The chain challenge
Engaging content is essential to increase reach, and the demand from brands to achieve robust reach is putting pressure on the measurement industry.
Suppliers need to determine the overlap between different channels and take into account the various limitations of what they are able to do. For example, there are only two companies approved by Google to measure brand lift on YouTube, where the reach can be huge. Dynata is one of the Google Ads Data Hub partners helping brands compete in this new world.
The impact on data collection is also significant. In this world of streaming, it is important to invest in connecting multiple datasets by maximizing first party data and combining it with first and third party sources. One of Dynata’s main strengths when it comes to first-party data is its 62 million people panel – comprising hard-to-reach audiences, such as B2B, with thousands of attributes on each – which is backed by patented connected data capabilities. This way, you can be sure to find the right audience, consisting of real people with real opinions.
It is clear that many marketing teams will need to improve their skills or bring in specialized knowledge.
In the future, marketers may need to prioritize where they’re measuring and assume that any channel they aren’t able to measure too closely has worked because the data tells them the advertising was successful on other channels. It makes sense if budgets are tight. Marketers will need to be pragmatic and measure only the channels they know that will provide the most valuable and trusted information.
Given all that we know about measuring the effectiveness of ads around streaming, it’s clear that many marketing teams will need to upgrade their skills or bring in specialized knowledge.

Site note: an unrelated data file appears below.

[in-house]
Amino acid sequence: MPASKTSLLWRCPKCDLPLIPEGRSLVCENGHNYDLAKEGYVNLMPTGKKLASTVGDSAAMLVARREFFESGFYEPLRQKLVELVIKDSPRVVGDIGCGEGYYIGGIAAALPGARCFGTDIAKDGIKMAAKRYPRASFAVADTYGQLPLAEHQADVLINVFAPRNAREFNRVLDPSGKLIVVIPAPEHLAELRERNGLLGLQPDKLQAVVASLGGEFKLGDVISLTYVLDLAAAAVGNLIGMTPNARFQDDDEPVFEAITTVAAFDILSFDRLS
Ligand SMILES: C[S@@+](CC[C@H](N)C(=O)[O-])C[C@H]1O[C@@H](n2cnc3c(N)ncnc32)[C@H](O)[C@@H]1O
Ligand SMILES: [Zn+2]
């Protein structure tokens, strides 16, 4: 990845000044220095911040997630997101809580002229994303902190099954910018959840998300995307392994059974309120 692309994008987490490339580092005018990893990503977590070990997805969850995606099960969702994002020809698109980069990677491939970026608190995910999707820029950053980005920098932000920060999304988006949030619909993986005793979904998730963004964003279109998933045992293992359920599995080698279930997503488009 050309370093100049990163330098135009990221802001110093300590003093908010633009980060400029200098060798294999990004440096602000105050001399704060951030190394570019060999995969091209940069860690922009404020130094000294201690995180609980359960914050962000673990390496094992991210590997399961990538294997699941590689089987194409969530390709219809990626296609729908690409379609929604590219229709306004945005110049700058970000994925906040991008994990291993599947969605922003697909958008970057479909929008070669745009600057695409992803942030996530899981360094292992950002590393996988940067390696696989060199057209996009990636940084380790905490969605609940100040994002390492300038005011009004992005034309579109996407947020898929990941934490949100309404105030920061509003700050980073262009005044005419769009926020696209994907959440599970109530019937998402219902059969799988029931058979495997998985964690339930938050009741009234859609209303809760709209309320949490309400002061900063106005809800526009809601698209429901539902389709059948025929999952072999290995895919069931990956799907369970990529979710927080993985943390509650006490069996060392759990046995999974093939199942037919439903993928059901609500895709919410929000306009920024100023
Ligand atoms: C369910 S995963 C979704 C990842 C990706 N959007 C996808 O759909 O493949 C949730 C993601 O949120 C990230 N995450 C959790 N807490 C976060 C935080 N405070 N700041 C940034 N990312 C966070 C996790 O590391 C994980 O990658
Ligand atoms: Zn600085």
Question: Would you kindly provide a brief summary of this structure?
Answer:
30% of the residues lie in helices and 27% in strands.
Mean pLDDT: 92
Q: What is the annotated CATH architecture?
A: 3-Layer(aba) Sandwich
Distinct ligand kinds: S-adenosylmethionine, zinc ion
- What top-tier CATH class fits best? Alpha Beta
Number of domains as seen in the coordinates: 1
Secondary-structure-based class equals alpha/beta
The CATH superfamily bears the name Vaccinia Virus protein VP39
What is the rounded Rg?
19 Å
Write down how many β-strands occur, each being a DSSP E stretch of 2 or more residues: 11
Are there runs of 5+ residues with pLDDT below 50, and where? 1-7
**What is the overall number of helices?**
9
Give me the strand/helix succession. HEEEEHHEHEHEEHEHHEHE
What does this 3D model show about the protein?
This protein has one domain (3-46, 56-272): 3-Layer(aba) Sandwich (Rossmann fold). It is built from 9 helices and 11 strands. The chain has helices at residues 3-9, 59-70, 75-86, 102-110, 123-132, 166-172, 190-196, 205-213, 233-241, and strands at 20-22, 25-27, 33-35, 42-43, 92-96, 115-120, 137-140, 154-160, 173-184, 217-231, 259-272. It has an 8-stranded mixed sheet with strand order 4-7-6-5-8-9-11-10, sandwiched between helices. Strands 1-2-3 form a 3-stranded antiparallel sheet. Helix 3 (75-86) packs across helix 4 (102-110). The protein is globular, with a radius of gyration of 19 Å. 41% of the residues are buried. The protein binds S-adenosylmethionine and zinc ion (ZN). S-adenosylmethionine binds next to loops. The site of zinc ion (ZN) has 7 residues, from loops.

We expect to see more internalization around data science, with increased reliance on agencies to provide some of this expertise.
Brands will also need to become more savvy about the combination of the many datasets they have and ensure they respect first-party data privacy to help them when identifiers go missing.
We will almost certainly see a return to some of the measurement techniques that were more popular 20 years ago, before the era of digital personal identification, so knowledge of these will be essential. We might see an additional investment in copy testing, for example, to ensure brand messages are strong and relevant. Brands can also rely more on market mix modeling which overlay aggregate data such as competitor spend by channel, economic conditions in different geographies and seasonality, to assess the performance of each of the company’s channels. A brand.
And, at the end of the day, any metrics around streaming should tie into the brand’s KPIs.